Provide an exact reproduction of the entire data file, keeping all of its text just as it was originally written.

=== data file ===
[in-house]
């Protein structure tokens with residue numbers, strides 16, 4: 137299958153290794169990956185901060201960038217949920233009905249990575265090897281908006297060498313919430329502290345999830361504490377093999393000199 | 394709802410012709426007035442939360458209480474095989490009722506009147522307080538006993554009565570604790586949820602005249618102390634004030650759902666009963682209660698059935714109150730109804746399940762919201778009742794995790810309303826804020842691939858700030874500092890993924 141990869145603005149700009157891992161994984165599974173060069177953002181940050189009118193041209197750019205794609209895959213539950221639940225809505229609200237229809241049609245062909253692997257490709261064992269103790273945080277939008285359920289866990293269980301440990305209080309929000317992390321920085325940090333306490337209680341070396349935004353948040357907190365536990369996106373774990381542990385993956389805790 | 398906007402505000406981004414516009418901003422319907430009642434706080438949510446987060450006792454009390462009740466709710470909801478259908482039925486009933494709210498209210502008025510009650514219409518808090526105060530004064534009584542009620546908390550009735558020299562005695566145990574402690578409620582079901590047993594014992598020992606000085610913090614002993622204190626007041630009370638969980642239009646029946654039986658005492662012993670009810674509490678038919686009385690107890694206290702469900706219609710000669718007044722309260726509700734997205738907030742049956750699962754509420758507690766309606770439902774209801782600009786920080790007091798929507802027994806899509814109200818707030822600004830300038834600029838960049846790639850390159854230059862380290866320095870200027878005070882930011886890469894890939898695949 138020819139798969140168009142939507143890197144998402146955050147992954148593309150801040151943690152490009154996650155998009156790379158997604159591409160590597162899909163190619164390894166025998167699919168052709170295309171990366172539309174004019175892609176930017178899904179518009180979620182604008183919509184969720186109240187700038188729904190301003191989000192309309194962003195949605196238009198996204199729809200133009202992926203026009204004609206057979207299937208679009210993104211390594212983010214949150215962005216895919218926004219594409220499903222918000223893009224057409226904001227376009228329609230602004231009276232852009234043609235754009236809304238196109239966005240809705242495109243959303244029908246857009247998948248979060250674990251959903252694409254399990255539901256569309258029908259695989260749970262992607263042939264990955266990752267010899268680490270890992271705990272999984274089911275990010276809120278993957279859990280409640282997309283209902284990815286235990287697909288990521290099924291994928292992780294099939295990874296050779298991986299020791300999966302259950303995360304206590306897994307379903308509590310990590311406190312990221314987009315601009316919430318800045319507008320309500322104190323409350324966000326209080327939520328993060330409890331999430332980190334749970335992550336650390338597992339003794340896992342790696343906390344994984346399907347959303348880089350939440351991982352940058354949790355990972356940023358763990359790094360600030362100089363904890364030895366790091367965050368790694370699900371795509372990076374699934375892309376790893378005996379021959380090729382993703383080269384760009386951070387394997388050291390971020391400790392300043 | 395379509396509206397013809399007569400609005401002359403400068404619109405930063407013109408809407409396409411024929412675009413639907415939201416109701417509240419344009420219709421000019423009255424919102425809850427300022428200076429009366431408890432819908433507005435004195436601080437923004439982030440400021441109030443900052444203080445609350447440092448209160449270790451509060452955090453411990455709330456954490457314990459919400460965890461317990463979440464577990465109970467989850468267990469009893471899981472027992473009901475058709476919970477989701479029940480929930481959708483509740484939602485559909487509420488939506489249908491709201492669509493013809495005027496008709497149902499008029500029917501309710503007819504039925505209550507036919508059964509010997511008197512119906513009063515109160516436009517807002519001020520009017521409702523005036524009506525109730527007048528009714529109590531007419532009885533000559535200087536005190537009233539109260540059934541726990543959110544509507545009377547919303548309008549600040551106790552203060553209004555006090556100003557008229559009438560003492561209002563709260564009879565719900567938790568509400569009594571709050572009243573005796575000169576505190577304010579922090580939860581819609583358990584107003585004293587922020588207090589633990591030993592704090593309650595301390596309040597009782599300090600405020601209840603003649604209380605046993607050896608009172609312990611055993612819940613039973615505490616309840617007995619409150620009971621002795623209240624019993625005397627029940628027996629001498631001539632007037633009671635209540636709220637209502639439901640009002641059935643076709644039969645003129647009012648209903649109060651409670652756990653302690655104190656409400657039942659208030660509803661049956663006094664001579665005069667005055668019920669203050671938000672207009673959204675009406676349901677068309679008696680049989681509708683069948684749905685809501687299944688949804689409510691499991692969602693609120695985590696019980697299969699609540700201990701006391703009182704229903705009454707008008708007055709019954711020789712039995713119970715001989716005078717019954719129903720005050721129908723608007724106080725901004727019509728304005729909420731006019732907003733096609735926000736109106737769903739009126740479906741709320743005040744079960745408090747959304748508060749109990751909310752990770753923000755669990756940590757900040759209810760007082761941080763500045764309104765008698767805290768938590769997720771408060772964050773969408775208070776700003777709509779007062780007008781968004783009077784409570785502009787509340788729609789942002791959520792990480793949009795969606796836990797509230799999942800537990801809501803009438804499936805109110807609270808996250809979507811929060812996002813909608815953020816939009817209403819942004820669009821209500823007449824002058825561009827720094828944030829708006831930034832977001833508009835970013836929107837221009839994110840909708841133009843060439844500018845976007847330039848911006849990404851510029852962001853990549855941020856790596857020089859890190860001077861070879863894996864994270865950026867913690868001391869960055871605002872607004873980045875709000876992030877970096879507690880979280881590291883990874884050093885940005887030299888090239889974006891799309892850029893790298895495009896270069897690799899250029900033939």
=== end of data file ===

[in-house]
């Protein structure tokens with residue numbers, strides 16, 4: 137299958153290794169990956185901060201960038217949920233009905249990575265090897281908006297060498313919430329502290345999830361504490377093999393000199 | 394709802410012709426007035442939360458209480474095989490009722506009147522307080538006993554009565570604790586949820602005249618102390634004030650759902666009963682209660698059935714109150730109804746399940762919201778009742794995790810309303826804020842691939858700030874500092890993924 141990869145603005149700009157891992161994984165599974173060069177953002181940050189009118193041209197750019205794609209895959213539950221639940225809505229609200237229809241049609245062909253692997257490709261064992269103790273945080277939008285359920289866990293269980301440990305209080309929000317992390321920085325940090333306490337209680341070396349935004353948040357907190365536990369996106373774990381542990385993956389805790 | 398906007402505000406981004414516009418901003422319907430009642434706080438949510446987060450006792454009390462009740466709710470909801478259908482039925486009933494709210498209210502008025510009650514219409518808090526105060530004064534009584542009620546908390550009735558020299562005695566145990574402690578409620582079901590047993594014992598020992606000085610913090614002993622204190626007041630009370638969980642239009646029946654039986658005492662012993670009810674509490678038919686009385690107890694206290702469900706219609710000669718007044722309260726509700734997205738907030742049956750699962754509420758507690766309606770439902774209801782600009786920080790007091798929507802027994806899509814109200818707030822600004830300038834600029838960049846790639850390159854230059862380290866320095870200027878005070882930011886890469894890939898695949 138020819139798969140168009142939507143890197144998402146955050147992954148593309150801040151943690152490009154996650155998009156790379158997604159591409160590597162899909163190619164390894166025998167699919168052709170295309171990366172539309174004019175892609176930017178899904179518009180979620182604008183919509184969720186109240187700038188729904190301003191989000192309309194962003195949605196238009198996204199729809200133009202992926203026009204004609206057979207299937208679009210993104211390594212983010214949150215962005216895919218926004219594409220499903222918000223893009224057409226904001227376009228329609230602004231009276232852009234043609235754009236809304238196109239966005240809705242495109243959303244029908246857009247998948248979060250674990251959903252694409254399990255539901256569309258029908259695989260749970262992607263042939264990955266990752267010899268680490270890992271705990272999984274089911275990010276809120278993957279859990280409640282997309283209902284990815286235990287697909288990521290099924291994928292992780294099939295990874296050779298991986299020791300999966302259950303995360304206590306897994307379903308509590310990590311406190312990221314987009315601009316919430318800045319507008320309500322104190323409350324966000326209080327939520328993060330409890331999430332980190334749970335992550336650390338597992339003794340896992342790696343906390344994984346399907347959303348880089350939440351991982352940058354949790355990972356940023358763990359790094360600030362100089363904890364030895366790091367965050368790694370699900371795509372990076374699934375892309376790893378005996379021959380090729382993703383080269384760009386951070387394997388050291390971020391400790392300043 | 395379509396509206397013809399007569400609005401002359403400068404619109405930063407013109408809407409396409411024929412675009413639907415939201416109701417509240419344009420219709421000019423009255424919102425809850427300022428200076429009366431408890432819908433507005435004195436601080437923004439982030440400021441109030443900052444203080445609350447440092448209160449270790451509060452955090453411990455709330456954490457314990459919400460965890461317990463979440464577990465109970467989850468267990469009893471899981472027992473009901475058709476919970477989701479029940480929930481959708483509740484939602485559909487509420488939506489249908491709201492669509493013809495005027496008709497149902499008029500029917501309710503007819504039925505209550507036919508059964509010997511008197512119906513009063515109160516436009517807002519001020520009017521409702523005036524009506525109730527007048528009714529109590531007419532009885533000559535200087536005190537009233539109260540059934541726990543959110544509507545009377547919303548309008549600040551106790552203060553209004555006090556100003557008229559009438560003492561209002563709260564009879565719900567938790568509400569009594571709050572009243573005796575000169576505190577304010579922090580939860581819609583358990584107003585004293587922020588207090589633990591030993592704090593309650595301390596309040597009782599300090600405020601209840603003649604209380605046993607050896608009172609312990611055993612819940613039973615505490616309840617007995619409150620009971621002795623209240624019993625005397627029940628027996629001498631001539632007037633009671635209540636709220637209502639439901640009002641059935643076709644039969645003129647009012648209903649109060651409670652756990653302690655104190656409400657039942659208030660509803661049956663006094664001579665005069667005055668019920669203050671938000672207009673959204675009406676349901677068309679008696680049989681509708683069948684749905685809501687299944688949804689409510691499991692969602693609120695985590696019980697299969699609540700201990701006391703009182704229903705009454707008008708007055709019954711020789712039995713119970715001989716005078717019954719129903720005050721129908723608007724106080725901004727019509728304005729909420731006019732907003733096609735926000736109106737769903739009126740479906741709320743005040744079960745408090747959304748508060749109990751909310752990770753923000755669990756940590757900040759209810760007082761941080763500045764309104765008698767805290768938590769997720771408060772964050773969408775208070776700003777709509779007062780007008781968004783009077784409570785502009787509340788729609789942002791959520792990480793949009795969606796836990797509230799999942800537990801809501803009438804499936805109110807609270808996250809979507811929060812996002813909608815953020816939009817209403819942004820669009821209500823007449824002058825561009827720094828944030829708006831930034832977001833508009835970013836929107837221009839994110840909708841133009843060439844500018845976007847330039848911006849990404851510029852962001853990549855941020856790596857020089859890190860001077861070879863894996864994270865950026867913690868001391869960055871605002872607004873980045875709000876992030877970096879507690880979280881590291883990874884050093885940005887030299888090239889974006891799309892850029893790298895495009896270069897690799899250029900033939």